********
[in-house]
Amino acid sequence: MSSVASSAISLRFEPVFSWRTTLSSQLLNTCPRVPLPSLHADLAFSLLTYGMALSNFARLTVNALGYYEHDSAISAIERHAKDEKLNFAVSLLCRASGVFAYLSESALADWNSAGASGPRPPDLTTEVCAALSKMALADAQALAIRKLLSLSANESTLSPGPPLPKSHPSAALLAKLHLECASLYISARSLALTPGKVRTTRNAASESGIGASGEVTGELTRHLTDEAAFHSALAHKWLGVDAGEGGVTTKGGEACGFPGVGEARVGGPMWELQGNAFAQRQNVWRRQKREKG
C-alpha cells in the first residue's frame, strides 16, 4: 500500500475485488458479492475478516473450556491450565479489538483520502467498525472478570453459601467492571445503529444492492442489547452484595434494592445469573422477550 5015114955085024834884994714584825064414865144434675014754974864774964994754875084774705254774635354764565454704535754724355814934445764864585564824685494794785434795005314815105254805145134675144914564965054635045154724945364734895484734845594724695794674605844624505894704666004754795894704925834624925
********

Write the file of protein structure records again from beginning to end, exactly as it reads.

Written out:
[in-house]
Amino acid sequence: MSSVASSAISLRFEPVFSWRTTLSSQLLNTCPRVPLPSLHADLAFSLLTYGMALSNFARLTVNALGYYEHDSAISAIERHAKDEKLNFAVSLLCRASGVFAYLSESALADWNSAGASGPRPPDLTTEVCAALSKMALADAQALAIRKLLSLSANESTLSPGPPLPKSHPSAALLAKLHLECASLYISARSLALTPGKVRTTRNAASESGIGASGEVTGELTRHLTDEAAFHSALAHKWLGVDAGEGGVTTKGGEACGFPGVGEARVGGPMWELQGNAFAQRQNVWRRQKREKG
C-alpha cells in the first residue's frame, strides 16, 4: 500500500475485488458479492475478516473450556491450565479489538483520502467498525472478570453459601467492571445503529444492492442489547452484595434494592445469573422477550 5015114955085024834884994714584825064414865144434675014754974864774964994754875084774705254774635354764565454704535754724355814934445764864585564824685494794785434795005314815105254805145134675144914564965054635045154724945364734895484734845594724695794674605844624505894704666004754795894704925834624925